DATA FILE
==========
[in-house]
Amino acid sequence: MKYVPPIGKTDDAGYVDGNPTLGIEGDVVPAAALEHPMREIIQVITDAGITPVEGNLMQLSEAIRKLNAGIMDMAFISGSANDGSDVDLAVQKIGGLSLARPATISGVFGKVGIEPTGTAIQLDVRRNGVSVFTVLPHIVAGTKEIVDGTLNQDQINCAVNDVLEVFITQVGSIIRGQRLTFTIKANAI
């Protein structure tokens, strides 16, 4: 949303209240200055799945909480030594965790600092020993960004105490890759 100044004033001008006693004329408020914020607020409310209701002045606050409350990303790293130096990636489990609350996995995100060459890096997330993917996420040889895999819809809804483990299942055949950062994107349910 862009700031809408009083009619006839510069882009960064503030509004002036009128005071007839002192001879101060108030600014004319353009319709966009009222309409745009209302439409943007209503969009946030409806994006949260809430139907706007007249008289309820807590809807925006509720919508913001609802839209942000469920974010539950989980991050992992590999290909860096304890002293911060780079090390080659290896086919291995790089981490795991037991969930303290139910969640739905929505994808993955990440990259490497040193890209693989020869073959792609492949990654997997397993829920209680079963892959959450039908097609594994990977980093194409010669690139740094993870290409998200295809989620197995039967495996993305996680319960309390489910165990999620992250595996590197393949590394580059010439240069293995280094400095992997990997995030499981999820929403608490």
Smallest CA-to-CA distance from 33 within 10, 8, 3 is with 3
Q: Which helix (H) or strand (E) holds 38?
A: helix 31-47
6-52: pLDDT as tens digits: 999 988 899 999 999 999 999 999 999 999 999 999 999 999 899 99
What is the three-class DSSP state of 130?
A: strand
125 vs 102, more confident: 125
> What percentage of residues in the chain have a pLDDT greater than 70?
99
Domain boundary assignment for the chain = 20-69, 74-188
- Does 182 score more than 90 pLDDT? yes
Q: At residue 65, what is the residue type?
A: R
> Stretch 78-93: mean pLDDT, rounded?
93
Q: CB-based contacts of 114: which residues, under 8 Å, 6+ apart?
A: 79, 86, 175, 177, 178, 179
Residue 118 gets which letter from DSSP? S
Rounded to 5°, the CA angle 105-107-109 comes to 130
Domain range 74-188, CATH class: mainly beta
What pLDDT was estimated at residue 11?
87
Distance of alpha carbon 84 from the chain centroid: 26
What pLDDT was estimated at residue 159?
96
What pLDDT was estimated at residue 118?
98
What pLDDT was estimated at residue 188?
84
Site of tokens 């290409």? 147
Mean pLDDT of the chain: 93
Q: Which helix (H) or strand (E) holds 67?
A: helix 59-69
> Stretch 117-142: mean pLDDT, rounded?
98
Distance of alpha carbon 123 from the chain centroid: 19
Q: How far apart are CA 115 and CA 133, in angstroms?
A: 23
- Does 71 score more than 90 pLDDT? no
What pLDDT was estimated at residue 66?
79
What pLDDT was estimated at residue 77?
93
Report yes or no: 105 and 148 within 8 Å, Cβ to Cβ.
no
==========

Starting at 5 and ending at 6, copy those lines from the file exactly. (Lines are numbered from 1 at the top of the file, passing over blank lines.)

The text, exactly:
Q: Which helix (H) or strand (E) holds 38?
A: helix 31-47